Ahmed and the Feather Girl
by Jane Ray
(Janetta Otter-Barry Books, Frances Lincoln, 2010/Paperback 2014)
‘There was once a little orphan boy with big dark eyes. He was called Ahmed and he lived with a travelling circus.’ The circus owner Madame Saleem was ‘cruel and bad-tempered’ and ‘Ahmed was afraid of her’. So begins Ahmed and the Feather Girl, immediately setting up the narrative with the stock characters and the matter-of-fact tone of a fairy/folk-tale-like story. One day, Ahmed finds a huge, golden egg, which is immediately purloined by Madame Saleem; and when a beautiful girl, Aurelia, hatches from the egg, as might be expected Ahmed befriends her and Madame Saleem exploits her. As Aurelia grows, she ‘began to sprout fine silken feathers’. It is clear to Ahmed that she longs for freedom and one night he steals the key from Madame Saleem and releases her. Ahmed then has to endure Madame Saleem’s wrath and a return to friendless loneliness. Or does he? His selfless act eventually leads to his own freedom – but you will have to read this beautiful story for yourself to find out how!
Jane Ray’s beautiful illustrations in watercolour and collage are filled with rich details. The vibrancy of the circus sits alongside landscapes filled with woodland creatures and birds. The freedom of the wild birds flying emphasises Aurelia’s captivity. One illustration that I find particularly compelling is where Ahmed is shown drawing the key from under Madame Saleem’s pillow – the grey hues of her head emerging from the blanket give the drawing a sculptural quality and the contrast between her repose here and her energetic malevolence when she is awake is disturbing.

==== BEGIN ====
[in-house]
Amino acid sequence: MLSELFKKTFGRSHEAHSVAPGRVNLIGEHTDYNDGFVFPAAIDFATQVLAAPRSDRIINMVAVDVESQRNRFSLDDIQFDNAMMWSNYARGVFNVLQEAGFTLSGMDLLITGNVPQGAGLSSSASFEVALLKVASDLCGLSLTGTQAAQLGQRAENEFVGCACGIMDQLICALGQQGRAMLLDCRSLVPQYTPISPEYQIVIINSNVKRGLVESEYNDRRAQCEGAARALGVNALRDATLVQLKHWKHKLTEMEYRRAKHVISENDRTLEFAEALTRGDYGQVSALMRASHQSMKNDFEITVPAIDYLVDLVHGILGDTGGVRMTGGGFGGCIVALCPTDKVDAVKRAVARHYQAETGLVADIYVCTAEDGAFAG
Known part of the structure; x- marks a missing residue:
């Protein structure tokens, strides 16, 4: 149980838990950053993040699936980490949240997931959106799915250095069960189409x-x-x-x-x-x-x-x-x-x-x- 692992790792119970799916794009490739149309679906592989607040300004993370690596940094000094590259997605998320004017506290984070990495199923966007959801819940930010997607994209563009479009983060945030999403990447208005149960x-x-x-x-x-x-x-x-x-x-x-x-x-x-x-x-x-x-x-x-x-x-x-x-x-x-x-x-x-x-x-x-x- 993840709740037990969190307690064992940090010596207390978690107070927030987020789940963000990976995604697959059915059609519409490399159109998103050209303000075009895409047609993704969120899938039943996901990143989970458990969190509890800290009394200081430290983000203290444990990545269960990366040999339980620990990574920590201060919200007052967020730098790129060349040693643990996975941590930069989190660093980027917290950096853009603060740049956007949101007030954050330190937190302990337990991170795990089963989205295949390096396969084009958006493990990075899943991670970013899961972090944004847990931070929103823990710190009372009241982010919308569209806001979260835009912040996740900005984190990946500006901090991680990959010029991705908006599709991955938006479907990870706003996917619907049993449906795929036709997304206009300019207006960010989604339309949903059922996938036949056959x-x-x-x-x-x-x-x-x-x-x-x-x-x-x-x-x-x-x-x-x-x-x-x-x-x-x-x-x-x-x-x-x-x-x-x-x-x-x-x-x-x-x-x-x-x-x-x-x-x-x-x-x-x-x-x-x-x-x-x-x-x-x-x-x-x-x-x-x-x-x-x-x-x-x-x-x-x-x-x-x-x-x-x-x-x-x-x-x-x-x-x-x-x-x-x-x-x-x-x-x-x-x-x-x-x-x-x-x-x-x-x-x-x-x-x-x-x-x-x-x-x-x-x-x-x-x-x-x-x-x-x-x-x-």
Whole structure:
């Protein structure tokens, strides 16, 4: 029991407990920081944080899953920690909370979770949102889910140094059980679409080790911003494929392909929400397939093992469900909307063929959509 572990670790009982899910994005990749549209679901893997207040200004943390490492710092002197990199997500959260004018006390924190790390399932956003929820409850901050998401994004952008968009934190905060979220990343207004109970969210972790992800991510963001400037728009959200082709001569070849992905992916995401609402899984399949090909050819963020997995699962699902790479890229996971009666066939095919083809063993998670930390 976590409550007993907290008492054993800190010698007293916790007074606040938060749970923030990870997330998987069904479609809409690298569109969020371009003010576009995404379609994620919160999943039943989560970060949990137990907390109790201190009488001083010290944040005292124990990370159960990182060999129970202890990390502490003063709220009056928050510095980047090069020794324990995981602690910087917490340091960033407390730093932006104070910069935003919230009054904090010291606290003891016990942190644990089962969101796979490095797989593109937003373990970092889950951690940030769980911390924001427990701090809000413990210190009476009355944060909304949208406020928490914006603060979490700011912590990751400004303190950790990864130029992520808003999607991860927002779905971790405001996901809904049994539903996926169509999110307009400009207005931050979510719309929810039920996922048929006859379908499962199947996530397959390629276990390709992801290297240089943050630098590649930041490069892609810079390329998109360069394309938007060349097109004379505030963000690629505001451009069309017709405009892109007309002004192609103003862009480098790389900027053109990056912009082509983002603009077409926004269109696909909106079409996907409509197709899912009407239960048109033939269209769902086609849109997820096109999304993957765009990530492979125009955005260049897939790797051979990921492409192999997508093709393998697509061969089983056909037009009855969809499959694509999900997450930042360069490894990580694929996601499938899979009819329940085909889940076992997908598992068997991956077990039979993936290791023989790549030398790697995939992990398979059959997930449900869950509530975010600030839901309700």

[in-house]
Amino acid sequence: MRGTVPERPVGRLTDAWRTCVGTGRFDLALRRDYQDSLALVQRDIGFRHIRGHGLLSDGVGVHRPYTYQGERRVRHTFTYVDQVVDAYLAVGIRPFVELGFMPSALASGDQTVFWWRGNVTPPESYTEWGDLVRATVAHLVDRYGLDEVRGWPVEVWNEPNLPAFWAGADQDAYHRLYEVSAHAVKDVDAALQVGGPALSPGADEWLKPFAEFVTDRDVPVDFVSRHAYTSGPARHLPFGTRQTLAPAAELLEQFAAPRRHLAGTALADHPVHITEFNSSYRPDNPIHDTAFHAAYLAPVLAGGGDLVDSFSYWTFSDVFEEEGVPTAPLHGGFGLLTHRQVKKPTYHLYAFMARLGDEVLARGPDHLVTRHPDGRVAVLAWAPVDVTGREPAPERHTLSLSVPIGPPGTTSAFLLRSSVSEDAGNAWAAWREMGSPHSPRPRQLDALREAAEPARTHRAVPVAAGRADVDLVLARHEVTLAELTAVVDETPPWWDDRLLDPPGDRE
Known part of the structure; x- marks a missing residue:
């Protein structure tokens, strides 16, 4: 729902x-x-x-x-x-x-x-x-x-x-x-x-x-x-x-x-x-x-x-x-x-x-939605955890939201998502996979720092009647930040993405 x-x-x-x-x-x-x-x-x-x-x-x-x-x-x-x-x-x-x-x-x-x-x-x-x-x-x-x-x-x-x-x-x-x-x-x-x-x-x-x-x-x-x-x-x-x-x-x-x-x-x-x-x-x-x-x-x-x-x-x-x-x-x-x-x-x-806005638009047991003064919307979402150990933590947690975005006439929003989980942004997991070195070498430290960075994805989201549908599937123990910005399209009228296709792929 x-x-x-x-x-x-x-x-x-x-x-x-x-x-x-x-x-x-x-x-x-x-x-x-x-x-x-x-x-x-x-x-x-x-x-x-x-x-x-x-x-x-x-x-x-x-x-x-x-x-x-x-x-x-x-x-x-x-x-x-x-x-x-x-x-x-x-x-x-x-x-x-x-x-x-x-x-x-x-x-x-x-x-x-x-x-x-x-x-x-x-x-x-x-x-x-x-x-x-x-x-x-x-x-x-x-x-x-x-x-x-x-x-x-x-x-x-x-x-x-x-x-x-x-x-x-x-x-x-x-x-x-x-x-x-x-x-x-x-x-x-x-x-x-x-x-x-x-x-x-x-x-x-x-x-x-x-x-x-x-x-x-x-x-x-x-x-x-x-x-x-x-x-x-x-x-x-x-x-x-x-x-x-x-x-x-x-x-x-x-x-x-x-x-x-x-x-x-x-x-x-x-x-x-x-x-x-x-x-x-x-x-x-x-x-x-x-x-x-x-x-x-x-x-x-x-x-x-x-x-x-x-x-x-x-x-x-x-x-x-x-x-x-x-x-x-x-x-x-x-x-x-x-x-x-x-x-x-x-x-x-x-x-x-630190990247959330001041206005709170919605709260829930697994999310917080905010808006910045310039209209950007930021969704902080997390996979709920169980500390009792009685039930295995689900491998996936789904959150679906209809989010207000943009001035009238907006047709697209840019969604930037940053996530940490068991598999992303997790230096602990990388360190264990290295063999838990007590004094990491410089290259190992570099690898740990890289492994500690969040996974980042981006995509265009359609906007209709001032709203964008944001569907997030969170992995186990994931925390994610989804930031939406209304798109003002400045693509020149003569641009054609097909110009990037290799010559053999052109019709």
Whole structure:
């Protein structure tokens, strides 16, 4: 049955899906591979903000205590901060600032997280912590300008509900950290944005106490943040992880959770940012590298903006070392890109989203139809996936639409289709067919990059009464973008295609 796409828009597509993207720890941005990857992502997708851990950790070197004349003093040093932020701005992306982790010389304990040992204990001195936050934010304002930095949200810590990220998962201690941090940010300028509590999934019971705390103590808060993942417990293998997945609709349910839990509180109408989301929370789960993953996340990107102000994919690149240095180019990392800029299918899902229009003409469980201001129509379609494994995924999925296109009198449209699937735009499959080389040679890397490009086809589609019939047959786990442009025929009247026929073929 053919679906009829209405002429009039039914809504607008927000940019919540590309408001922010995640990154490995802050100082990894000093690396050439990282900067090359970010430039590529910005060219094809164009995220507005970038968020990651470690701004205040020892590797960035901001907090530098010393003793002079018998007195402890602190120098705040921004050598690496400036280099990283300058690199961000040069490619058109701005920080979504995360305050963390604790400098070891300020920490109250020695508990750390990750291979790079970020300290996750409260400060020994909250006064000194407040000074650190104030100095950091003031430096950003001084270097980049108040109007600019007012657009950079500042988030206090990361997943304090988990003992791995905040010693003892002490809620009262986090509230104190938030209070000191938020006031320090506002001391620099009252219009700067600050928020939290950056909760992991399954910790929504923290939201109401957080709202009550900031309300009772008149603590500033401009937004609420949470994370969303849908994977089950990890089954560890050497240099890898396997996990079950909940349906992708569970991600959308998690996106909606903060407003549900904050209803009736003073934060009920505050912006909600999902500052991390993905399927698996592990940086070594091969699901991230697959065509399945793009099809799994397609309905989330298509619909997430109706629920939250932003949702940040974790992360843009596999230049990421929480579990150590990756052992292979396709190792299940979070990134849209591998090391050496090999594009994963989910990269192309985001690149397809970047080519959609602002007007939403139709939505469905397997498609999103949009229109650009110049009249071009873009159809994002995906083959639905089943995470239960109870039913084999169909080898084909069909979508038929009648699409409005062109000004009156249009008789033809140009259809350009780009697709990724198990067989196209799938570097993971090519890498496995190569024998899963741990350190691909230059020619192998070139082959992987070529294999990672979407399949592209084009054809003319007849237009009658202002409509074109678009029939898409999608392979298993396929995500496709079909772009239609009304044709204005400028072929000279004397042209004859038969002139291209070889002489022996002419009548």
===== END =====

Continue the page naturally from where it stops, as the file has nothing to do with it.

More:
There is a timelessness to the story emphasised, ironically, by the focus of the narrative on its own timeline: we learn nothing about Ahmed’s back-story and how he became an orphan; that introductory first page sets the scene and it is enough. Nor do we learn what becomes of him after his flight to freedom, not even a ‘happily ever after’: again, for the purpose of the story, it is enough, for now, that Ahmed finds freedom. That does not mean that children listening to or reading the story won’t want to know, but they will have to translate the hope at the end into a more solid realisation of happiness for themselves. In this way, Ahmed and the Feather Girl steps away from being a stock story and becomes a wish for our times. For as our daily news is filled with horror stories of child exploitation and cruelty, children need empowering stories filled with hope to help them set about changing the world as they grow up.
Take a look at this Diversity Gallery of Jane Ray’s diverse children’s book illustrations with quotes from Sita Brahmachari’s recent interview with Jane Ray for her Book Trust Writer in Residence blog.